According to historian Cecil Woodham-Smith, Ireland in the 1800s is an example of the dangers of specialization. When the union with Great Britain was formed in 1800, Irish textile industries protected by tariffs were exposed to world markets where England had a comparative advantage in technology, experience and scale of operation which devastated the Irish industry. Ireland was forced to specialize in the export of grain while the displaced Irish labor was forced into subsistence farming and relying on the potato for survival. When the potato blight occurred the resulting famine killed at least one million Irish in one of the worst famines in European history. As Woodham-Smith would later comment, "the Irish peasant was told to replace the potato by eating his grain, but Trevelyan once again refused to take any steps to curb the export of food from Ireland. 'Do not encourage the idea of prohibiting exports,' he wrote, on September 3, (1846) 'perfect free trade is the right course'."
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- For the brief history of the theroy of intermediates goods, see Appendix A: Previous Literature in A. Deardorff, Ricardian Comparative Advantage with Intermediate Inputs, The North American Journal of Economics and Finance 16(1): 11-34, March 2005. http://fordschool.umich.edu/rsie/workingpapers/Papers501-525/r501.pdf
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- Deardorff examines 10 versions of definitons in two groups but could not give a general formula for the case with intermdiate goods. A. Deardorff, Ricardian Comparative Advantage with Intermediate Inputs, The North American Journal of Economics and Finance 16(1): 11-34, March 2005. See also http://fordschool.umich.edu/rsie/workingpapers/Papers501-525/r501.pdf See Appendix A: Previous Literature in particular.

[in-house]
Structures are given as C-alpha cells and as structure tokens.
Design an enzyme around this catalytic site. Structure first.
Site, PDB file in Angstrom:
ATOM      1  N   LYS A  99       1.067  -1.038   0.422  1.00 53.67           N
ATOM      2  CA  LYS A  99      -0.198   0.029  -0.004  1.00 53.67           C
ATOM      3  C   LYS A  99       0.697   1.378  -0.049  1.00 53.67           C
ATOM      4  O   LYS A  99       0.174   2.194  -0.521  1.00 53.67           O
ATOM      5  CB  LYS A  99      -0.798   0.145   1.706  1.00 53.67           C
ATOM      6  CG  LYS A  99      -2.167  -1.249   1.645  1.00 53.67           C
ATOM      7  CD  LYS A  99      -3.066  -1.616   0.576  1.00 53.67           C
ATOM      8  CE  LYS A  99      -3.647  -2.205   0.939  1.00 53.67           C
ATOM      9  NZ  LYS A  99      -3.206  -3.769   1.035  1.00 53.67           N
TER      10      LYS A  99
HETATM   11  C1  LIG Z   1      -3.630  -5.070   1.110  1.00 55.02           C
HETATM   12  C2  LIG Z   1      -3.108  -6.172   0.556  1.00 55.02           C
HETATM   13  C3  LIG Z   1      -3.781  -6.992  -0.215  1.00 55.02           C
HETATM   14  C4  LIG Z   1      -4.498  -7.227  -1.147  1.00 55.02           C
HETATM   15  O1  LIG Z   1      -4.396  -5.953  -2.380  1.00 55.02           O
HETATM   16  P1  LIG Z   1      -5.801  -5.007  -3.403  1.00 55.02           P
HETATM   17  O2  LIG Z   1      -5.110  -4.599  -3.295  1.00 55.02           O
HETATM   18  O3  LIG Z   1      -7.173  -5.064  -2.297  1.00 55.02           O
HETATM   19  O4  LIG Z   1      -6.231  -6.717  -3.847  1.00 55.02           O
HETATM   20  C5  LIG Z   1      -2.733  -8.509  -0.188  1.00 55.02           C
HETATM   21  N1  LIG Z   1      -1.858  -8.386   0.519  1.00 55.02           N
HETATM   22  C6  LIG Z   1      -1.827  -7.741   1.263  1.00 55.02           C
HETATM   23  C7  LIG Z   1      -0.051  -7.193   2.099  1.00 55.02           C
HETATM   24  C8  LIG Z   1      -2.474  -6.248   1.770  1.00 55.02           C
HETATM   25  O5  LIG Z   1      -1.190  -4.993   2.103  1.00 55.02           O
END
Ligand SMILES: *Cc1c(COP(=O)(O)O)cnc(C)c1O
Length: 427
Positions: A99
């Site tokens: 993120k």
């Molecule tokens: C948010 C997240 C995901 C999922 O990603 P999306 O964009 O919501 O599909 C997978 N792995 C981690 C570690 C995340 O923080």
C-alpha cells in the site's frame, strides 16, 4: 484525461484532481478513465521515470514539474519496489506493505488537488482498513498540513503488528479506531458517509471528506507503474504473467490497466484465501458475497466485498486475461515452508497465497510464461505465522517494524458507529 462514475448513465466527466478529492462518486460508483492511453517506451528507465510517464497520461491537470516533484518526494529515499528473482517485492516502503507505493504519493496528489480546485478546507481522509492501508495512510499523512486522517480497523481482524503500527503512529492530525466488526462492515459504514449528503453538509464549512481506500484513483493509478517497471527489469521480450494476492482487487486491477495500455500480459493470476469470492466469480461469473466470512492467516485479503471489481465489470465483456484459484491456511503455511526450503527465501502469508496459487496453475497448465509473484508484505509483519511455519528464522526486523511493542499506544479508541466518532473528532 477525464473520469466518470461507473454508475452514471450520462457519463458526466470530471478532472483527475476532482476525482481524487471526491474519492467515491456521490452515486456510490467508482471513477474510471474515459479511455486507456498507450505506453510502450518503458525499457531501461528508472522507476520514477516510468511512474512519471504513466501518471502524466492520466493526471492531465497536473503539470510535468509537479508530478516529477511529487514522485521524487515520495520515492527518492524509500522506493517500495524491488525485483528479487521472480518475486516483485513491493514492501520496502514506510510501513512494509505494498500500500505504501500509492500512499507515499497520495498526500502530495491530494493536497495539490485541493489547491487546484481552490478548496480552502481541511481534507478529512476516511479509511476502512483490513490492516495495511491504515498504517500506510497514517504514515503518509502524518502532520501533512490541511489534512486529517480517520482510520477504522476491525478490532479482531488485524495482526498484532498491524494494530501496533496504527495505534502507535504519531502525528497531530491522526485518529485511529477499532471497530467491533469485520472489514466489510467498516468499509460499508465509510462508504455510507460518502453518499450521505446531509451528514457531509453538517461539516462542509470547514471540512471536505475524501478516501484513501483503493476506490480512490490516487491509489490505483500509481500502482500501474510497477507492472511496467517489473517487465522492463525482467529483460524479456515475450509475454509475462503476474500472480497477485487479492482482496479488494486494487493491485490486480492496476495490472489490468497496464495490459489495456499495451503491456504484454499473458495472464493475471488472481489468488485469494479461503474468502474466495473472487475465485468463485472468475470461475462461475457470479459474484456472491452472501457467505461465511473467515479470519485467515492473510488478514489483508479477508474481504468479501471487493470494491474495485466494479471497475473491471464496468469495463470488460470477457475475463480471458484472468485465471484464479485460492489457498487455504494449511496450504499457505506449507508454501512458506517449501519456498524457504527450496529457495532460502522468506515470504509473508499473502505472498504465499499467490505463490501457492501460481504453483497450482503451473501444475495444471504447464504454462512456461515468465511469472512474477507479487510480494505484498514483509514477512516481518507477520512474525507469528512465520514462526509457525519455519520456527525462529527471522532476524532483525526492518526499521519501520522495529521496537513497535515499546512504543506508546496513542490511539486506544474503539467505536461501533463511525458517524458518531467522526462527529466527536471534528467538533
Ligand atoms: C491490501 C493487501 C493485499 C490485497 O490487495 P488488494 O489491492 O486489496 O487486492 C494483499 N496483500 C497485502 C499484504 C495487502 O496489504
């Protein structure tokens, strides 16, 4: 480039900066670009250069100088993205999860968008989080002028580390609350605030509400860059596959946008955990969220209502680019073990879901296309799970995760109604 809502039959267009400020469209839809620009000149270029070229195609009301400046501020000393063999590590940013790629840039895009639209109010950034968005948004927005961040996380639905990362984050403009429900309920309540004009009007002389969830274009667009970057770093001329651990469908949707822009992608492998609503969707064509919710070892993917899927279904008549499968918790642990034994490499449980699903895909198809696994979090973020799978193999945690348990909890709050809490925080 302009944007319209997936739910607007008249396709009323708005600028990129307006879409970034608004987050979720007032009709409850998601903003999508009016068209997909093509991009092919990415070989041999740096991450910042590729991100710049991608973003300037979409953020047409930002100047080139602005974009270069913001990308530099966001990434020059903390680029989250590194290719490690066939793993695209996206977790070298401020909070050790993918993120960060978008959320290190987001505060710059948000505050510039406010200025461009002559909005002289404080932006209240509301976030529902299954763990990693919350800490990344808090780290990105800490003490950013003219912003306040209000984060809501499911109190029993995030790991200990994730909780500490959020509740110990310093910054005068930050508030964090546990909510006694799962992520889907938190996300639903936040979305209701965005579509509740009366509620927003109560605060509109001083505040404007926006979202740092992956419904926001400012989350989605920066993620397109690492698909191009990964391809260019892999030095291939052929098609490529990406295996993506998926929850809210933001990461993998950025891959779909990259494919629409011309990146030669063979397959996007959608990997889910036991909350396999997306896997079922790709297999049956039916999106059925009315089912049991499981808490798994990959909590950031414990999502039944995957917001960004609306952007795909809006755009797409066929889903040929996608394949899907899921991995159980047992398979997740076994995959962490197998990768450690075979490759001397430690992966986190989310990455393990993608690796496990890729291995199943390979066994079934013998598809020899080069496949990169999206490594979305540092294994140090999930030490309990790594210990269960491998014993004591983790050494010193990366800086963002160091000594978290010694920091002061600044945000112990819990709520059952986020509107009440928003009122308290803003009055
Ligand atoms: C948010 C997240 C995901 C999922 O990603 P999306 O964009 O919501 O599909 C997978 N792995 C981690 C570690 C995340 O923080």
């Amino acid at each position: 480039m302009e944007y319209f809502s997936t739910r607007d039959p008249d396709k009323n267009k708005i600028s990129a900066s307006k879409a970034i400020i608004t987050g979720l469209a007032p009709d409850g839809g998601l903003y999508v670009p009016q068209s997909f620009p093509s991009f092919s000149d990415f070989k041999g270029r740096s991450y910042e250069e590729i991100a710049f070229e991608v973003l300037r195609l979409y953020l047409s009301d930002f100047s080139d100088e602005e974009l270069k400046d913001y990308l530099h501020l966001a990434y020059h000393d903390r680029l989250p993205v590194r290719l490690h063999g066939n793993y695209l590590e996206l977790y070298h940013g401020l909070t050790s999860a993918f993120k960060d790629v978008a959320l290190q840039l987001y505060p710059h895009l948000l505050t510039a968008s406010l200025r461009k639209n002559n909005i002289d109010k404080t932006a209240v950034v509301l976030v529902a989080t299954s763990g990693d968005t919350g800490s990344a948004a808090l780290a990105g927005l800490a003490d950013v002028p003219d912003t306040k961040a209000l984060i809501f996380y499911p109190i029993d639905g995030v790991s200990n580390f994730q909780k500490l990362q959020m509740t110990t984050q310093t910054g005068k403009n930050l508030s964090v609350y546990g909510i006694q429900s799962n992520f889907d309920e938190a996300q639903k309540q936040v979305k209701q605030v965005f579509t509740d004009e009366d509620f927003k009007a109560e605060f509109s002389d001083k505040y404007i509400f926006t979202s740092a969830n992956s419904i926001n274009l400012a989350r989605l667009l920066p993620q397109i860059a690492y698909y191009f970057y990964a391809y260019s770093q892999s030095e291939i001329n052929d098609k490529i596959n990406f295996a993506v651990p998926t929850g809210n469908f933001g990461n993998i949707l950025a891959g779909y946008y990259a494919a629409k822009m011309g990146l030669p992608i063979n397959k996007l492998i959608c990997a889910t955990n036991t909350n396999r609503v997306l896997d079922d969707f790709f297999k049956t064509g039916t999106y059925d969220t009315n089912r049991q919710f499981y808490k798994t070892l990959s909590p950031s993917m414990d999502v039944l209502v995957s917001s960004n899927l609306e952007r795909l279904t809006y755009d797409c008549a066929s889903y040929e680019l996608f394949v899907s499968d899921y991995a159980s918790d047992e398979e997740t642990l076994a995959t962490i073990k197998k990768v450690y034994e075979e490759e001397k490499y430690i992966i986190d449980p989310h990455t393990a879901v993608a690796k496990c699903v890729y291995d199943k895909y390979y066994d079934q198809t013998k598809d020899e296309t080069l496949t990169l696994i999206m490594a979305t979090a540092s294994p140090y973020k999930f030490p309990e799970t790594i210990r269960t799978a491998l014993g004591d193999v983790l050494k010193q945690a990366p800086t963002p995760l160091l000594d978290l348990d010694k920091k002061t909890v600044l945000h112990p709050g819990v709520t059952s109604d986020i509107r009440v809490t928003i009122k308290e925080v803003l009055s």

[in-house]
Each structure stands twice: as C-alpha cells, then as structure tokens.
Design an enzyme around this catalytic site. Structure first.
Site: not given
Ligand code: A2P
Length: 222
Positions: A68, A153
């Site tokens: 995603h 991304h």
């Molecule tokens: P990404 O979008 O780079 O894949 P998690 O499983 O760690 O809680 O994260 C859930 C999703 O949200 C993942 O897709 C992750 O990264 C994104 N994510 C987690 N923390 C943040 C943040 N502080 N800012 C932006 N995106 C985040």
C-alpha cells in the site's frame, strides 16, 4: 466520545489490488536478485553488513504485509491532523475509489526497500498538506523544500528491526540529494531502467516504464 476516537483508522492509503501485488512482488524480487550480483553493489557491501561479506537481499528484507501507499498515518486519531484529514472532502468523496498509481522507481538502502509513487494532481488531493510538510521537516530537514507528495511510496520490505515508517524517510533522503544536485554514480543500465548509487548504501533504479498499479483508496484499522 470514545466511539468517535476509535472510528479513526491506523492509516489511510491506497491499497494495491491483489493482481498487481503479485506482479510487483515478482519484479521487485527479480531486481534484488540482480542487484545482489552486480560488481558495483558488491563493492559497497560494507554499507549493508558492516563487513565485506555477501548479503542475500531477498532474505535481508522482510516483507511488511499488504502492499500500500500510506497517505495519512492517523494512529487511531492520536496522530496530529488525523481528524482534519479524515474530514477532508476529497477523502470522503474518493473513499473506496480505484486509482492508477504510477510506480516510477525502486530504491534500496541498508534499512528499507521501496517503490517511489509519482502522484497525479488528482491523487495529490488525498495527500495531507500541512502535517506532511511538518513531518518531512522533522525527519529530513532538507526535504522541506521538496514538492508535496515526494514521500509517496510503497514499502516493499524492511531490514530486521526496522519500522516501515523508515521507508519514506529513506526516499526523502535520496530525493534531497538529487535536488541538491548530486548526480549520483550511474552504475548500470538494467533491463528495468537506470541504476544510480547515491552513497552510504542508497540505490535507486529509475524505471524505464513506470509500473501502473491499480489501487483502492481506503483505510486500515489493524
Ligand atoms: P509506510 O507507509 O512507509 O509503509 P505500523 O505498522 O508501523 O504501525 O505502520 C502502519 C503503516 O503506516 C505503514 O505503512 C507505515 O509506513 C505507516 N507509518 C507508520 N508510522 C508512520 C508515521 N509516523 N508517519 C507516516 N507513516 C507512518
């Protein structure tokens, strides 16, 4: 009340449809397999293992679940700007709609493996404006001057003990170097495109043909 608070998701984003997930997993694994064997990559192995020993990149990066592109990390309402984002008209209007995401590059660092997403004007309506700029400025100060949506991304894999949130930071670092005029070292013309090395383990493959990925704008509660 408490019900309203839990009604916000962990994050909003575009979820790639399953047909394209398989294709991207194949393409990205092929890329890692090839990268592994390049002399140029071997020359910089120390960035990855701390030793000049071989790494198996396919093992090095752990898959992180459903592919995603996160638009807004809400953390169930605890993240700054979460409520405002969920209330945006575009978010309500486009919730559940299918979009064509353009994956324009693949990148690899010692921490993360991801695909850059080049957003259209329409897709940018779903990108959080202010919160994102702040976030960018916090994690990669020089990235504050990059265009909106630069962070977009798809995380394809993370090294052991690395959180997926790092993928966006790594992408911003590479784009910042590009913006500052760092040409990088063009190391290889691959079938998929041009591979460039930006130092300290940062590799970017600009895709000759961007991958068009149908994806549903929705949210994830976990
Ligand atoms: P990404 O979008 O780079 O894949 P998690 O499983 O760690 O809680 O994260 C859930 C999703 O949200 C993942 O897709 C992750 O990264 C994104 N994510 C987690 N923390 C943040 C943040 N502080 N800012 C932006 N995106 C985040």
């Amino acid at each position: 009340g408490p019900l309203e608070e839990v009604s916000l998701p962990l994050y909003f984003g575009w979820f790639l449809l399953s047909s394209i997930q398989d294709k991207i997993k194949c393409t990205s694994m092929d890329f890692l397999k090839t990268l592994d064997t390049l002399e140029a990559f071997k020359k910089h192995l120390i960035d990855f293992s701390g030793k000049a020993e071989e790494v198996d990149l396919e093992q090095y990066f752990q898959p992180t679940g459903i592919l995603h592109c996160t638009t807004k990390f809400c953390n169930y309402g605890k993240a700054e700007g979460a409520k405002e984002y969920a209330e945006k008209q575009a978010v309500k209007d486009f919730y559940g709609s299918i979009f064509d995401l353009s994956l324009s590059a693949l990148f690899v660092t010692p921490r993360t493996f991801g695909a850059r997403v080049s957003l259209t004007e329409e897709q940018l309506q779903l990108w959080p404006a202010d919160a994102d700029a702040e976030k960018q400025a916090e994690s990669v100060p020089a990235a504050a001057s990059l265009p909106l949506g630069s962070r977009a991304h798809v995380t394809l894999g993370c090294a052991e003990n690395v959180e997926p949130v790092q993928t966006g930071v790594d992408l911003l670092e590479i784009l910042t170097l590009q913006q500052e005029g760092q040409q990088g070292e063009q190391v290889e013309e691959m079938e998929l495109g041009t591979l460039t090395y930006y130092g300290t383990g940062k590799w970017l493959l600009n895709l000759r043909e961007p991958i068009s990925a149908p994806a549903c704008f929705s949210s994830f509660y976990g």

- Y. Shiozawa (2016) The revival of classical theory of values, in Nobuharu Yokokawa et als. (Eds.) The Rejuvenation of Political Economy, May 2016, Oxon and New York: Routledge. Chapter 8, pp.151-172. Y. Shiozawa, The New Interpretation of Ricardo's Four Magic Numbers and the New Theory of International Values / A Comment on Faccarello's " Comparative advantage " ). A paper read on a conference on March 23, 2016.
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- Zimring, A. & Etkes, H. (2014) "When Trade Stops: Lessons from the 2007-2010 Gaza Blockade". Journal of International Economics, forthcoming.
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- David Ricardo's The Principles of Trade and Taxation (original source text)
- Ricardo's Difficult Idea, Paul Krugman's 1996 exploration of why non-economists don't understand the idea of comparative advantage
- The Ricardian Model of Comparative Advantage
- J.G. Hülsmann's Capital Exports and Free Trade explanation of why the immobility of capital is not an essential condition.
- Matt Ridley, 'When Ideas Have Sex', a talk at TED in which he explains comparative advantage for a general audience (5:05 out in the video).